CANADA FX DEBT-C$ down on weak oil, building permits data

Mon Apr 6, 2009 5:25pm EDT
 
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 * C$ lower after rising for four straight sessions
 * Hurt by February building permits' 15.9 percent drop
 * Bond prices mostly lower on supply concerns
 (Updates to close, adds details, quotes)
 By Jennifer Kwan
 TORONTO, April 6 (Reuters) - The Canadian dollar weakened
on Monday, pressured by a drop in the price of oil and weaker
than expected economic data that increased expectations the
Bank of Canada will take further action to spur growth.
 The value of building permits in February fell by a far
greater-than-expected 15.9 percent, Statistics Canada said.
[ID:nN06293340]
 That data was seen as helping to push Canada's central bank
-- which has already cut rates to a historic low of 0.5 percent
-- to lower them even further or embark on nonconventional
methods to ease credit, sometimes known as quantitative
easing.
 "The building permits number was particularly dismal," said
Michael Gregory, senior economist at BMO Capital Markets.
  The prospect weakened the Canadian unit as "ultimately,
quantitative easing means printing lots of money supply,"
Gregory said.
 Bank of Canada Governor Mark Carney reiterated in a speech
last week that he would outline a framework on April 23 for
credit and "quantitative" easing, which analysts believe could
involve printing money to buy securities outright in the
market. [ID:nN01263139]
 The Canadian currency retreated shortly after the building
permits data and continued its descent to touch C$1.2442 to the
U.S. dollar, or 80.37 U.S. cents.
 The Canadian unit finished at C$1.2385 to the U.S. dollar,
or 80.74 U.S. cents, down from Friday's session close of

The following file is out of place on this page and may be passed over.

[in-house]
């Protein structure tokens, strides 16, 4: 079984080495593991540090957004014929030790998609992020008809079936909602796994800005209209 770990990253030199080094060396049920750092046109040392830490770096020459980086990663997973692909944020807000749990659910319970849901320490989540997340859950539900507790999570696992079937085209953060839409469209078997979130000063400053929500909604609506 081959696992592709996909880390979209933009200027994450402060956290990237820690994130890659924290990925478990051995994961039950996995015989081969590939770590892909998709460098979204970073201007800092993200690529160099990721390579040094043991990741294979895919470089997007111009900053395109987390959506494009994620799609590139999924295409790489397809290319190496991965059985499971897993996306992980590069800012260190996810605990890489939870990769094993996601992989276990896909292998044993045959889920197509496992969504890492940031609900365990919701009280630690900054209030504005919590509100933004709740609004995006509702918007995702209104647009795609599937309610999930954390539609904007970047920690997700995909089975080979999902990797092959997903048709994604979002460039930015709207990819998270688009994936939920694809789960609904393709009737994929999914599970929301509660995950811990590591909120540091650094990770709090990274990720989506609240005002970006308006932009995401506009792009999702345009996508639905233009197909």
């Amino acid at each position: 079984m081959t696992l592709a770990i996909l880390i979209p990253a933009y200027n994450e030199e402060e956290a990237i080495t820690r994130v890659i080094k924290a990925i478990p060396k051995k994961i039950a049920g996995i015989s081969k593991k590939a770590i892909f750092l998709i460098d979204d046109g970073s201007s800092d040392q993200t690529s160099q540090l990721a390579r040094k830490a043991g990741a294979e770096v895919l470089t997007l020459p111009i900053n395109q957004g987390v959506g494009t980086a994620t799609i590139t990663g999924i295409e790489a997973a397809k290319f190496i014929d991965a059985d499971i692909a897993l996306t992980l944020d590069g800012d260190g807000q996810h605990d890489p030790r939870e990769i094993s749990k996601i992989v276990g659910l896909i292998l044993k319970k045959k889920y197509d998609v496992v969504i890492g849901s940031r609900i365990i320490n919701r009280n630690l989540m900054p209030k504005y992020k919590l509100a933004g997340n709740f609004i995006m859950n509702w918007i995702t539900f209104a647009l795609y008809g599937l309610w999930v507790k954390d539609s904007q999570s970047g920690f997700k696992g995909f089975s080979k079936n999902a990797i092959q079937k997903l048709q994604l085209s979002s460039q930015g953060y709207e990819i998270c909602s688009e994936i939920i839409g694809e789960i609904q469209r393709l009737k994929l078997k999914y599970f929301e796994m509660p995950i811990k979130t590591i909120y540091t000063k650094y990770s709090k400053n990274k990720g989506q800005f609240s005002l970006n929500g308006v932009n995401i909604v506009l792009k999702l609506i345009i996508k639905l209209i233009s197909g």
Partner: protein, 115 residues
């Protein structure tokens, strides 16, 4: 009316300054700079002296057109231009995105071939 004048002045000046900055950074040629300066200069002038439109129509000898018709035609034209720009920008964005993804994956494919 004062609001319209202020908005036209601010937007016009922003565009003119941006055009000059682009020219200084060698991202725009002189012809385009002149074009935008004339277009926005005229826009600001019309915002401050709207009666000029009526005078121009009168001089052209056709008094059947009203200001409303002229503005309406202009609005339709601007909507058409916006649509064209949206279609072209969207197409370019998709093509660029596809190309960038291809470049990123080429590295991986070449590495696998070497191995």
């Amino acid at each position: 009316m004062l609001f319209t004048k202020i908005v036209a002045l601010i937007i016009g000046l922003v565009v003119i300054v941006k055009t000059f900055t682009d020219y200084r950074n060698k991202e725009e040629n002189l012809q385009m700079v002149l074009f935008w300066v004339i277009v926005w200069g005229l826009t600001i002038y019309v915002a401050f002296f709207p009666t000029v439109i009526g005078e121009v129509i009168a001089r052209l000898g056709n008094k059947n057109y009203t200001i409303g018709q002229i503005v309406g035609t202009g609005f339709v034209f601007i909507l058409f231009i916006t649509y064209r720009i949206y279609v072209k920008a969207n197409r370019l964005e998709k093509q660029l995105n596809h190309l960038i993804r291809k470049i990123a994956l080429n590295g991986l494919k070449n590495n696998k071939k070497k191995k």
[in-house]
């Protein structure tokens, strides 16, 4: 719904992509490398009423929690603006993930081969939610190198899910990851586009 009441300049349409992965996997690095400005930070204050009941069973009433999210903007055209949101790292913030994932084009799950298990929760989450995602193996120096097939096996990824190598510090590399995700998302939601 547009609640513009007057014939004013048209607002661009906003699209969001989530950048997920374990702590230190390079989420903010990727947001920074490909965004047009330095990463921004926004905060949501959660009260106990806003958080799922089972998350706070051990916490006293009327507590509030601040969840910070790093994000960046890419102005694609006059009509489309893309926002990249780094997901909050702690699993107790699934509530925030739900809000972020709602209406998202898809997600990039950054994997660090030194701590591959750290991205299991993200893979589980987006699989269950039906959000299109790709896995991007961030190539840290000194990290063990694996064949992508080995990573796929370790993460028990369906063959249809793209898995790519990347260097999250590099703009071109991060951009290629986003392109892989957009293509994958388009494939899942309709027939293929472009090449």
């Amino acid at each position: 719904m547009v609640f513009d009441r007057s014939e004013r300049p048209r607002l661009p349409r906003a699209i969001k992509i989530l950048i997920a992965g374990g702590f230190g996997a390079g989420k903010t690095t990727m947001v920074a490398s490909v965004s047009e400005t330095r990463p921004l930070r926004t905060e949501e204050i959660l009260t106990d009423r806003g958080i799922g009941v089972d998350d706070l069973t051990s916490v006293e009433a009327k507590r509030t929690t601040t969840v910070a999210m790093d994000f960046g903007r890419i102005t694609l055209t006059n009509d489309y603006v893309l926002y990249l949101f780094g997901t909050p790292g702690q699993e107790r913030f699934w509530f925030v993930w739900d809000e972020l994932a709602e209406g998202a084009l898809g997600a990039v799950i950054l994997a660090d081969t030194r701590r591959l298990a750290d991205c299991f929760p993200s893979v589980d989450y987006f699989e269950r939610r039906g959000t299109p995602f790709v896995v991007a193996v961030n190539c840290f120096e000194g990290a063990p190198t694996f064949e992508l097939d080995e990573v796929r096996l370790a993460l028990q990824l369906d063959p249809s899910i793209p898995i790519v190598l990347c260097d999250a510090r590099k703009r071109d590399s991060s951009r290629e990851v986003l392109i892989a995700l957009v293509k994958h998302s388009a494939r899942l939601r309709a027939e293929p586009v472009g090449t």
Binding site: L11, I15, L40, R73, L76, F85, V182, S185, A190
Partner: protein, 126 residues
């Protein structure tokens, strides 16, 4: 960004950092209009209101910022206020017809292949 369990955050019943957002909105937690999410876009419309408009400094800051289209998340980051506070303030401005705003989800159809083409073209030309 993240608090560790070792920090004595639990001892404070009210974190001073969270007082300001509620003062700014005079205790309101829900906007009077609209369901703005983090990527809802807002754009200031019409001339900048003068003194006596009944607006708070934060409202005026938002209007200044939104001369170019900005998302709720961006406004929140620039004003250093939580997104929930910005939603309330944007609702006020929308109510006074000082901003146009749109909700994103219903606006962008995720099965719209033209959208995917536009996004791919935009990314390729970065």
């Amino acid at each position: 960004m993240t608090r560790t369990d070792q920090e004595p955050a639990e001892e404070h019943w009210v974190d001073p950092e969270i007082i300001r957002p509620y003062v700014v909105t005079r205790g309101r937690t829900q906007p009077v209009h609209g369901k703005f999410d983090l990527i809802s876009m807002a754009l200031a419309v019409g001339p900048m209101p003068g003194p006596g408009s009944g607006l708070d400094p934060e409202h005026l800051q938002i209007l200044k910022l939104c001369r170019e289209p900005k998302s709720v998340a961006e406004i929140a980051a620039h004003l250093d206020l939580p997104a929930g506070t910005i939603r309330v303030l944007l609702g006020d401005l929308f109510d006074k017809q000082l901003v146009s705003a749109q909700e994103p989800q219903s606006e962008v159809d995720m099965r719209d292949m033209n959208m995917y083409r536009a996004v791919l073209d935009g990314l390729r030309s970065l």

C$1.2304 to the U.S. dollar, or 81.27 U.S. cents.
 A fall on the Toronto stock market on Monday, after four
weeks of gains, also tarnished the currency. [MKTS/GLOB]
 Also pressuring the Canadian dollar on Monday was a fall in
the oil price CLc1 to $51.05 a barrel. Oil, a major Canadian
export, retreated with global equity markets on concern about
the banking sector. [ID:nSIN491212]
 Toronto's financial group dropped along with U.S.
financials after a Calyon Securities analyst initiated coverage
on some large U.S. banks with "underperform" or "sell" ratings.
[ID:nN06322858]
 BONDS FLAT TO LOWER
 Canadian government bond prices were lower as supply
concerns overcame the positive market factors of falling
equities and weak domestic economic data. [ID:nN06396148]
 "It's basically at the back end a function of supply that
appears to be causing a weakness in prices and some push up in
yields," said Mark Chandler, fixed income strategist at RBC
Capital Markets.
 The supply concerns undermined the building permits data as
well as the Ivey Purchasing Managers Index, which fell to 43.2
in March from 45.2 in February. [ID:nN06392945]
 The two-year Canada bond was flat at C$100.22 to yield
1.145 percent, while the 10-year bond fell 60 Canadian cents to
C$106.55 to yield 2.995 percent.
 The 30-year bond retreated C$1.05 to C$122.35 to yield
3.713 percent. In the United States, the 30-year Treasury
yielded 3.7336 percent.
 Canada bonds mostly outperformed their U.S. counterparts.
The 30-year bond yield at 2.10 basis points below its U.S.
counterpart, compared with 2.60 basis points above on Friday.
 (Reporting by Jennifer Kwan; editing by Peter Galloway)